Linda Poole

NCAT Regenerative Grazing Specialist
A recent article by Ann Adams in the Holistic Management Newsletter highlights how rest, managed grazing, and seasonlong grazing impacts rangelands of the Dixon Water Foundation's Leo Ranch. They found that in a 10-15" precip zone:

Within semi-arid environments, some bare ground is expected as resources are limited and vegetation often forms in patterns that maximize the partitioning of water. This pattern is referred to as banded vegetation and can be seen around the world. This vegetation pattern, with the naturally occurring presence of bareground, is most likely important for several ground-dwelling grassland bird species that utilize vegetation and seeds for shelter and diet requirements, but need bareground patches to evade predators.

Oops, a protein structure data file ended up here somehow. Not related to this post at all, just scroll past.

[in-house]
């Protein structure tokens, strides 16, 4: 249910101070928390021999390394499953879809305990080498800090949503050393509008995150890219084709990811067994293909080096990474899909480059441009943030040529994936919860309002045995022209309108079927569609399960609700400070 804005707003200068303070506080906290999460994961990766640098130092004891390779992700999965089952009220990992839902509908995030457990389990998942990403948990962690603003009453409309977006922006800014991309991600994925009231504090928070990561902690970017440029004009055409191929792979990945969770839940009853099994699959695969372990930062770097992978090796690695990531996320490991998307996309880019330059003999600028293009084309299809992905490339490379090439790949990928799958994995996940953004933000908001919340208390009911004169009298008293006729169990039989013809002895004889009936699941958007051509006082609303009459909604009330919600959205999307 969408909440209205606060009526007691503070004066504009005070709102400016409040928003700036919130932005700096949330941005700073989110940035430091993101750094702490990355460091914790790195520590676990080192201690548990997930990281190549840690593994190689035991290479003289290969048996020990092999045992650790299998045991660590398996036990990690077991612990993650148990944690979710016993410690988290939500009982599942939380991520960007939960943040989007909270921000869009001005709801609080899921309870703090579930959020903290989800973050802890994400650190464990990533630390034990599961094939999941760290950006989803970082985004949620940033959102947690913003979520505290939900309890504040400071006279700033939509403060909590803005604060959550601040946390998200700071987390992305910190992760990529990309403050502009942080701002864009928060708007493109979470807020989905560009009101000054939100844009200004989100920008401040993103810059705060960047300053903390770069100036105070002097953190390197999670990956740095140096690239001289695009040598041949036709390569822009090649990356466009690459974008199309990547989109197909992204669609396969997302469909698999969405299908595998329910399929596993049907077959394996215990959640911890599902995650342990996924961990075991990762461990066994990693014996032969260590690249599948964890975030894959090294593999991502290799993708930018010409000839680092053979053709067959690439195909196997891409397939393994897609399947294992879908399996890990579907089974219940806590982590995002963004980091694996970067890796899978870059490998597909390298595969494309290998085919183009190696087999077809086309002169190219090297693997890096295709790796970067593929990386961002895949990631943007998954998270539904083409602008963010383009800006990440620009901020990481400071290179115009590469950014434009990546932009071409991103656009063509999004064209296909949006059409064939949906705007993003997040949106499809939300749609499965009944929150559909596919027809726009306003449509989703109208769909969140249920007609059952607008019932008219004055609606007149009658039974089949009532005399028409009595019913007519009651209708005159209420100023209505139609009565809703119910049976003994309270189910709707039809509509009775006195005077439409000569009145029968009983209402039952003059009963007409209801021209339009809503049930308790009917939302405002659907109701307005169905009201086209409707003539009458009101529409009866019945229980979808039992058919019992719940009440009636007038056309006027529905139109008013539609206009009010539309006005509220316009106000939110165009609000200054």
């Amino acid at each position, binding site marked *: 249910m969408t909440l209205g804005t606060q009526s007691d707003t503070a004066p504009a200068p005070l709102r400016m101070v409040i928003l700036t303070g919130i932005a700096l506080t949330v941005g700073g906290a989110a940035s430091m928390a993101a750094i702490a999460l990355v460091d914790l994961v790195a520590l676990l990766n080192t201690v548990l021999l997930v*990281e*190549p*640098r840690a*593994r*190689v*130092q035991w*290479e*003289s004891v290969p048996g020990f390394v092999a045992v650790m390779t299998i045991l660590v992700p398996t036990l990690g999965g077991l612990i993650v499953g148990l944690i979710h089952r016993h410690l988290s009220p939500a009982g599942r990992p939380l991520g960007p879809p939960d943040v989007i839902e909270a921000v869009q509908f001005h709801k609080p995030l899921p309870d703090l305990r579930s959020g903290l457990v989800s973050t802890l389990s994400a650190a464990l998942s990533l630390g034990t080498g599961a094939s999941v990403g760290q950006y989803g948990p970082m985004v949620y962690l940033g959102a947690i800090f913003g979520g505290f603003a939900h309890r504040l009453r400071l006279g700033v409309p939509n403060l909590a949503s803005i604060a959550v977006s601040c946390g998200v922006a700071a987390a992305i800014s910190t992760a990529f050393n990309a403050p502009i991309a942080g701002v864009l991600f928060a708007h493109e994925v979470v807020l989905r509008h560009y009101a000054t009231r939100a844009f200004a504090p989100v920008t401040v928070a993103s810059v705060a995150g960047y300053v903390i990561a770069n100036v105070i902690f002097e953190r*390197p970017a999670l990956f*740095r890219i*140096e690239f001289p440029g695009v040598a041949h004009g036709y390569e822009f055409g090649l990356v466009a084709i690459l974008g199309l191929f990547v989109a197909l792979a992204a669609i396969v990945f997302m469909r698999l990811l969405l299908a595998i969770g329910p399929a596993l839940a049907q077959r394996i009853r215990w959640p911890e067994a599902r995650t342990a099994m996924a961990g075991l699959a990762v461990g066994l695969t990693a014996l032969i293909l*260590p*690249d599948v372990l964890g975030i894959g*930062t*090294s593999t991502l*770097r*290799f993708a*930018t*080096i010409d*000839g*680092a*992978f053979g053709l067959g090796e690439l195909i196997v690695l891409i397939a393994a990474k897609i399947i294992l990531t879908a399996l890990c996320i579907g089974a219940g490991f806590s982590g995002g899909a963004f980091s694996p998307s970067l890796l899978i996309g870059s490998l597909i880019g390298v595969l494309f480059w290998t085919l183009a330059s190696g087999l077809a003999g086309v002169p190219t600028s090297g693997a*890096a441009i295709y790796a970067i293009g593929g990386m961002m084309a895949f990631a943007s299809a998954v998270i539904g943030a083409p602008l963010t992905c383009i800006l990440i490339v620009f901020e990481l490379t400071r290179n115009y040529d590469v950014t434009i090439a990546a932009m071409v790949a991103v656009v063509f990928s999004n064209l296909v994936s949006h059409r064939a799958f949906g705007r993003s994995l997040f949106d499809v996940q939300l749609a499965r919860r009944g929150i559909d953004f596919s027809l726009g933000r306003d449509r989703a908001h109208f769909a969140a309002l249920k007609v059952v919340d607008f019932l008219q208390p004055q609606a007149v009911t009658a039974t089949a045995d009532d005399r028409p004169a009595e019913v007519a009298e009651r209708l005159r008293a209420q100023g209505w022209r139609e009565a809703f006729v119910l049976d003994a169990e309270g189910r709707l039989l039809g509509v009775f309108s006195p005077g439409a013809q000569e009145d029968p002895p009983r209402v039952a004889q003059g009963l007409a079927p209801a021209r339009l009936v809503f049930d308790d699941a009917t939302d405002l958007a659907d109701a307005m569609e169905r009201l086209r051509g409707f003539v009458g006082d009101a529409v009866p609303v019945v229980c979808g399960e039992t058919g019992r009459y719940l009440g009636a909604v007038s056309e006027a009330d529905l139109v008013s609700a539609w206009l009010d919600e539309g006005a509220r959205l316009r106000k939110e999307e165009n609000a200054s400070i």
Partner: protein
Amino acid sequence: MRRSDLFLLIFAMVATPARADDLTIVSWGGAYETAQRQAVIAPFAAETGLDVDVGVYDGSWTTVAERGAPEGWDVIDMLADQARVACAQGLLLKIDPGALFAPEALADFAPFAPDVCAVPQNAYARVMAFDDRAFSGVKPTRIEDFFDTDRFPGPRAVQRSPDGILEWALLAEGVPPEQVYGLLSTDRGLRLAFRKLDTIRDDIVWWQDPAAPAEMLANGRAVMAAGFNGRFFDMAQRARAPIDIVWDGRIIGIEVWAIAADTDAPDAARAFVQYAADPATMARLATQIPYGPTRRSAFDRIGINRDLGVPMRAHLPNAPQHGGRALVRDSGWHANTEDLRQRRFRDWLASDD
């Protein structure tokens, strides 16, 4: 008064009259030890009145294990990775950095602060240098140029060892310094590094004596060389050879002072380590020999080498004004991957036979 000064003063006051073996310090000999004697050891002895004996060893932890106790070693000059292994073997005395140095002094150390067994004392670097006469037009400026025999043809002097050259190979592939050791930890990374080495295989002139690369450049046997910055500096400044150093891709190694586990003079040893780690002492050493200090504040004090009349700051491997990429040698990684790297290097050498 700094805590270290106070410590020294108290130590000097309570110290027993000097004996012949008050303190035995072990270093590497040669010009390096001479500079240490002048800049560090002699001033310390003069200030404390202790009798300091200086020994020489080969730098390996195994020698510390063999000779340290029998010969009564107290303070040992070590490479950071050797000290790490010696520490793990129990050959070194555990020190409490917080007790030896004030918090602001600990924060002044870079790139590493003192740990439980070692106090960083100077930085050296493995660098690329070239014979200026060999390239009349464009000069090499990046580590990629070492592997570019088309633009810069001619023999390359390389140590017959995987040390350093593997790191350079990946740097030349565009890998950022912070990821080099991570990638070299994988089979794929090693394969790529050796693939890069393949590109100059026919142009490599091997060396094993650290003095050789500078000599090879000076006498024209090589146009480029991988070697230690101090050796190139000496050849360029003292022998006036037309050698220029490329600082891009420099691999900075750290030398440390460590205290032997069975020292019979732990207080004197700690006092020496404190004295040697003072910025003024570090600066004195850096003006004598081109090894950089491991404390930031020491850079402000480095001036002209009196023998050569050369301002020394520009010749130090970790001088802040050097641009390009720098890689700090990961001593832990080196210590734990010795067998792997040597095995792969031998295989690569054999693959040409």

Snow on bare ground highlights the formation of banded vegetation patterns on the Mimms Unit in Marfa, Texas, winter 202
Rotational grazing also allows for a planned grazing approach, which can manage to leave adequate groundcover, including managing for grass height to promote bird habitat or fawning cover for pronghorn. This type of grazing allows for more strategy than a set-stock approach, where the cattle will graze when and where they want within a pasture. Planned grazing also promotes a wider variety of plants, as cattle most likely eliminate certain preferred plants from the continuously grazed system by repeatedly selecting for them.
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